The number of violent crimes reported in Argentina fell in January for the fist time in five months, according to a new study.
Torcuarto Di Tella University’s latest crime “victimization rate” survey indicates that both overall criminal activity and violent crime fell last month.
Di Tella’s study, which surveys households in 40 urban centers around the country, shows that 32% of these homes said at least one household member was a victim of a crime within the past 12 months.
That figure is down sharply from 37% the previous month but up from 30% a year ago. That puts crime up almost 7% on the year and down 17% on the month.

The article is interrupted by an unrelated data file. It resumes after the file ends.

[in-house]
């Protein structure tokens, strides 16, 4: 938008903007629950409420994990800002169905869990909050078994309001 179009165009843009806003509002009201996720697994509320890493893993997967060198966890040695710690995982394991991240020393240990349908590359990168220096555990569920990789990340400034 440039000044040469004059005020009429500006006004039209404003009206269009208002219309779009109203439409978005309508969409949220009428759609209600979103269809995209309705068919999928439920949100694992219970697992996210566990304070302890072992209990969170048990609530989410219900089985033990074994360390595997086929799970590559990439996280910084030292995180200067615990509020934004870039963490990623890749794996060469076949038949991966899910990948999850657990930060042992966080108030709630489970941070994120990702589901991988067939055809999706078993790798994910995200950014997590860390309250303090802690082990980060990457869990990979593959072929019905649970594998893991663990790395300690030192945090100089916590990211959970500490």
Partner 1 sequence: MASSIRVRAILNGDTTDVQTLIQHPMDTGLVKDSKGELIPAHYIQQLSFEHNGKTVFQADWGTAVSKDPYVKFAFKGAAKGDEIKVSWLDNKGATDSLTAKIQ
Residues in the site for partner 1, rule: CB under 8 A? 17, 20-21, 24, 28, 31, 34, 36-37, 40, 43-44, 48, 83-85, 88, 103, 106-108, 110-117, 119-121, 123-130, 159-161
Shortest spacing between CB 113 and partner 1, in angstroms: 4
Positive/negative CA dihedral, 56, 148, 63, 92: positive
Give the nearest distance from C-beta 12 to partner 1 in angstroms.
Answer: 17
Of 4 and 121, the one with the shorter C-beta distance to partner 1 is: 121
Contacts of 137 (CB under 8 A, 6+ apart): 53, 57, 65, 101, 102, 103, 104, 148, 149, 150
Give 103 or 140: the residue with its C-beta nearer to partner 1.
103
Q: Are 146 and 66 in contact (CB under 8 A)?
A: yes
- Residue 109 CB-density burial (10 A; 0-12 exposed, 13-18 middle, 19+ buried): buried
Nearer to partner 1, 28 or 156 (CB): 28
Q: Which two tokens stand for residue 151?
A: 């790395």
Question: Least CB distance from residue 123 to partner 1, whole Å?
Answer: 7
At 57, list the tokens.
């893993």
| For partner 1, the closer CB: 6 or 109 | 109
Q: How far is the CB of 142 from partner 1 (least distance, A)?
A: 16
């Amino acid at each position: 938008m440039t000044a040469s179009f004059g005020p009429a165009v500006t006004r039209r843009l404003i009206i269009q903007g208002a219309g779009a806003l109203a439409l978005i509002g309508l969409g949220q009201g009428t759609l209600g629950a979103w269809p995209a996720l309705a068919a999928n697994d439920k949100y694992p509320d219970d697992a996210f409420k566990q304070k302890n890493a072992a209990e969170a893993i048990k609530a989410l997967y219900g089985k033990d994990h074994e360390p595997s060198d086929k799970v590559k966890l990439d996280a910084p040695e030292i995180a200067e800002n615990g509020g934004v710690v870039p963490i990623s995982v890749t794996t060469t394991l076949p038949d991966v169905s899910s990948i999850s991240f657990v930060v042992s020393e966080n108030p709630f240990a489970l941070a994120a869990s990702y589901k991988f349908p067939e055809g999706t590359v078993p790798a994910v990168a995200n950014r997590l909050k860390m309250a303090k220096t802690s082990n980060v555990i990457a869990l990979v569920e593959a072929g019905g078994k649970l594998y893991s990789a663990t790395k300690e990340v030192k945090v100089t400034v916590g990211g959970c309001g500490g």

As happened in previous months, crime victims were more likely to be well educated. Indeed, almost 41% had a college degree or at least some post-high school education. Around 34% had just a high school degree while 25% had only an elementary education.
Crime was worst in the cities of Cordoba, Mendoza, Rosario and Tucuman, where 39% of households reported having a victim. The victimization rate in the City of Buenos Aires last month was 34% while it was 26% in Greater Bueno Aires.
When asked about combatting crime, a plurality of people (33%) said more police need to be on the streets. Around 29% said tougher penalties are needed while 25% said more “social inclusion” would push crime lower. Just 1.6% said the death penalty would lower crime.
Link: Di Tella Victimization Survey (from December)